• Adjustments for differences in demographics between the U.S. and the EU27 would increase the above numbers of excess  mortality even more, while adjusting for the state of public health in the U.S. (obesity, poor nutrition, neglect of chronic conditions etc) will reduce the number. While these factors cannot be directly accounted for in my estimates (I am sure, medical research will be able to do thus), I strongly suspect that the two factors will offset each other. Hence, excess mortality in the U.S. compared to the EU27 stands at around 95-100,000 people. All killed, to a large extent, by the inadequate public health system and policy responses in the U.S.

25/9/20: COVID19 Update: Worldwide Cases and Deaths


This week's update on worldwide numbers for the pandemic:

New cases are now trending up once again, as the world continues to experience the first wave of the pandemic. 

Meanwhile, new deaths remain relatively stable at highly elevated levels. The local trough in deaths counts that took place at the first week of June is now firmly surpassed and we are still close to the post-trough peak. 

The above conclusions are also confirmed by the growth rates which have ticked up significantly in the second half of September.

To see the trends more clearly:

Key takeaways from the above charts and tables:

  • As of 12/09/2020, we have once again surpassed past all-time peak and are currently running at historical highs in terms of new cases.
  • Local peak in daily deaths counts was attained in the first week of August. From then on, we are witnessing a mild moderation in daily deaths counts.  
  • However, we are now past the prior moderation in the rates of growth in both cases and deaths, with the start of September marking a clear uptick in daily growth rates in both series.
  • Current daily rates of growth are running in line with past peak periods averages (post-April) for new deaths, and above past peak averages for new cases.
  • There is absolutely no evidence of any moderation in the global pandemic numbers, and there are alarming trends in the numbers coming from the geographies that have experienced the most severe first wave of the pandemic prior, namely Europe (see net post on this).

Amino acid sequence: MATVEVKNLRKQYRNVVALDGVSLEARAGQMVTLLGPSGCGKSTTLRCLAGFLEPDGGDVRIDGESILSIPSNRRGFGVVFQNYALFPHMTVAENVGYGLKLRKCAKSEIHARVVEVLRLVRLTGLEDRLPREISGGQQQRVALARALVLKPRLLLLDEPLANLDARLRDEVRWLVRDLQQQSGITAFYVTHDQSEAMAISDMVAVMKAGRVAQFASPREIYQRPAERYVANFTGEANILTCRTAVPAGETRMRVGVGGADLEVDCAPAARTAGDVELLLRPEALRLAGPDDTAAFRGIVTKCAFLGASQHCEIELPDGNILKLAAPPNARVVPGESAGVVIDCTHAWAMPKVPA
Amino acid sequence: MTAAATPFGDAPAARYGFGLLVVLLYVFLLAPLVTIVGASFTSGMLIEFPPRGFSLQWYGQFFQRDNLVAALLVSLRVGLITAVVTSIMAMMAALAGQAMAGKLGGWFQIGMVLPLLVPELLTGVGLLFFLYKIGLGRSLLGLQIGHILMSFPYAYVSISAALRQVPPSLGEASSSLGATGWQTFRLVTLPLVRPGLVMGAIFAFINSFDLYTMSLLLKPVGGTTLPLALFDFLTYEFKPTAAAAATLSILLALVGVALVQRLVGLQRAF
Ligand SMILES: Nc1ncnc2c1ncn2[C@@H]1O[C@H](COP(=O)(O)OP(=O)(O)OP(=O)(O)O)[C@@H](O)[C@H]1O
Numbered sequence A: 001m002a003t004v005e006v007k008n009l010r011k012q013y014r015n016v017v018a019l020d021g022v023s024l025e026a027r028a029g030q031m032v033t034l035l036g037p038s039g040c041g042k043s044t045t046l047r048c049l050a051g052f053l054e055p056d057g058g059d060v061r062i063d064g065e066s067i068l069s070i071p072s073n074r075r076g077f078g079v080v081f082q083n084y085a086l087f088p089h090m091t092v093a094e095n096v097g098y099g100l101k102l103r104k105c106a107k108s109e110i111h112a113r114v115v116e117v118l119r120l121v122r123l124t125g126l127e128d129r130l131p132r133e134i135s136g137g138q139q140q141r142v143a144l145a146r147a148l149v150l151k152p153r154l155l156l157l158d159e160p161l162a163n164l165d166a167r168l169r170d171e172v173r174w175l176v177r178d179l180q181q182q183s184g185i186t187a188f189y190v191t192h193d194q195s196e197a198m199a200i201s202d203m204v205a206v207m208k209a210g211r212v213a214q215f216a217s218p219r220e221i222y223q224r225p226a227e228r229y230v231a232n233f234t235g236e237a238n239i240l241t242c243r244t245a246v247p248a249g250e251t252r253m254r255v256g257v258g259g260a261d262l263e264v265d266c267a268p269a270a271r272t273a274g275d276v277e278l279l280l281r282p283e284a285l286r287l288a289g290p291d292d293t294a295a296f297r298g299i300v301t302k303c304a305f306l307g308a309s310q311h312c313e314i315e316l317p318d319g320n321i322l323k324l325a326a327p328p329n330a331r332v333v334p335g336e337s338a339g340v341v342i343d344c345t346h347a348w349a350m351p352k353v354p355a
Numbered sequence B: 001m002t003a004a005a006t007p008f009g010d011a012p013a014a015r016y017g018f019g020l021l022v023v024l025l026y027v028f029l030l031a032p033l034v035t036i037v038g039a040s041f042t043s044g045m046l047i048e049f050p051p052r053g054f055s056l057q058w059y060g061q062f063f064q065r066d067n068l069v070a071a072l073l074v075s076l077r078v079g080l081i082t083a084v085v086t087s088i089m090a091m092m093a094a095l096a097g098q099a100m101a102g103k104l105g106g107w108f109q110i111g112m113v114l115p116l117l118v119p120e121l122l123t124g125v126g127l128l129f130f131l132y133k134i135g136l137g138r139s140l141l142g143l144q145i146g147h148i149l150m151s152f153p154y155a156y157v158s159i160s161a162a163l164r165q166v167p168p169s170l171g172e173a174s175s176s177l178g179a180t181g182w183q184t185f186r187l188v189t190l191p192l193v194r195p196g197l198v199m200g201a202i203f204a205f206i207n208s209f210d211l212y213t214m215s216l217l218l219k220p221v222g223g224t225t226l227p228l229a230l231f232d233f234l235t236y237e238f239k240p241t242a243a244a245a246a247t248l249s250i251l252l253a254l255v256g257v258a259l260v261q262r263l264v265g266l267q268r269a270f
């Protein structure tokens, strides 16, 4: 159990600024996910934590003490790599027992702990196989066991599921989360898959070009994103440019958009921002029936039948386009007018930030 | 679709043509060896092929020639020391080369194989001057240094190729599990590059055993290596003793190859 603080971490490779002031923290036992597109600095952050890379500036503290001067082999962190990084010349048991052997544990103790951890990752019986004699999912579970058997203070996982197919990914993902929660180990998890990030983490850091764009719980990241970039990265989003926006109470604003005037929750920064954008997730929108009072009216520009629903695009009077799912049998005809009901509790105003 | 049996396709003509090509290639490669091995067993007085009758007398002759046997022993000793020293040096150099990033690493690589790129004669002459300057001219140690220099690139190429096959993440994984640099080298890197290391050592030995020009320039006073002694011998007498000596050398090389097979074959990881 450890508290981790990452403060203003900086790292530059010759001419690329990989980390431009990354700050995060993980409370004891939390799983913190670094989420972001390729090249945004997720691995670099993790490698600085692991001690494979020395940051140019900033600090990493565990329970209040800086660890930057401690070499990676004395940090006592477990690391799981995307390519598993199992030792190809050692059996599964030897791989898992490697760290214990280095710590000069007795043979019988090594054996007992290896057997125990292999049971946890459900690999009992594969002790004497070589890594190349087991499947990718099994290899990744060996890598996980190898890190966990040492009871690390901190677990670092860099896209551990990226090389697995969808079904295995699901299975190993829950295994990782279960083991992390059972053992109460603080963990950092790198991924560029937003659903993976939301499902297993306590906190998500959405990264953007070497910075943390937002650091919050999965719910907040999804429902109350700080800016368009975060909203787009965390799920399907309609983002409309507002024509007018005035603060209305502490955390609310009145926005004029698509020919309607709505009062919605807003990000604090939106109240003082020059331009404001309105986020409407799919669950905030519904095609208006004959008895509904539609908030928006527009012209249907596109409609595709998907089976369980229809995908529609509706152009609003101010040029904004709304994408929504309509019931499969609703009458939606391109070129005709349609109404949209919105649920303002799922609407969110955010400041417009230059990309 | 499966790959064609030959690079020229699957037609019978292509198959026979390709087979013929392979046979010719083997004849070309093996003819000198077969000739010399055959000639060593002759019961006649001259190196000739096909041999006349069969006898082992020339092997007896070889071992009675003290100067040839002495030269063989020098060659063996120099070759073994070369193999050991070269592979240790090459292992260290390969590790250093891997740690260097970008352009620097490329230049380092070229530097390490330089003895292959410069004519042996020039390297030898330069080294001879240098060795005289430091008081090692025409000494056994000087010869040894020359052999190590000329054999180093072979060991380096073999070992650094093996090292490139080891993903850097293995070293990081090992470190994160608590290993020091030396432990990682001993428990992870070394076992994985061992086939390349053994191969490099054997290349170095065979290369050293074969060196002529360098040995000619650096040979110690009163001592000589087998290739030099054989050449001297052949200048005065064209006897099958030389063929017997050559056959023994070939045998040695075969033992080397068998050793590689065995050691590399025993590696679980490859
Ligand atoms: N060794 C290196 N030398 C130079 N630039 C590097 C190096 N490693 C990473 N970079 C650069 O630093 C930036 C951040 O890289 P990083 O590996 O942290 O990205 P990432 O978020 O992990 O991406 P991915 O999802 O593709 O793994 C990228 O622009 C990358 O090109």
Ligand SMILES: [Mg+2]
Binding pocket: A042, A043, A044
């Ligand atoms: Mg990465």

Tuesday, September 22, 2020

22/9/20: COVID19 Update: German Economic Growth Forecasts 2020-2022


Germany's ifo Institute published their forecasts for 2020-2022 today. These represent an improvement on Summer forecasts, but continue to show big impact of the COVID19 pandemic lasting beyond 2021:

Private consumption is expected to be 0.82 percentage points below 2019 at the end of 2022, and barely in line (0.78 percentage points above) with 2018 levels. GDP is forecast to reach 1.34 percentage points above 2019 levels in 2022. Employment levels are projected to stay below 2019 levels through most of 2022, and unemployment numbers are expected to stay above their 2019 levels through the entire 2022. General Government deficits will remain in 2020, 2021 and 2022.

Using pre-2020 trend growth, German economy would have been 1.66 to 1.85 percentage points ahead of the GDP levels now forecast for 2022, which means that under the current forecasts, we can expect recovery to the pre-COVID19 trend GDP by the end of 2024. This assumes ca 1.7 percentage points growth over 2023-2024 horizon, which may be quite optimistic, given prior trend growth rates of 0.975% pa. 

ifo forecasts note the state of economic uncertainty: "The degree of uncertainty in our forecasts is enormous because nobody knows how the coronavirus pandemic will develop, whether there will be a hard Brexit after all, and whether the trade wars will be resolved". Which, of course, highlights the environment of VUCA that we are living in.

Friday, September 18, 2020

18/9/20: COVID19 Update: Countries with more than 100,000 cases

Some descriptive stats and relative rankings for countries with the largest number of cases:

In terms of relative and population-adjusted performance metrics:

  • The U.S. ranks 6th highest in the pandemic extent (number of positive cases per 1 million of population). The EU27 as a whole ranks 23rd highest.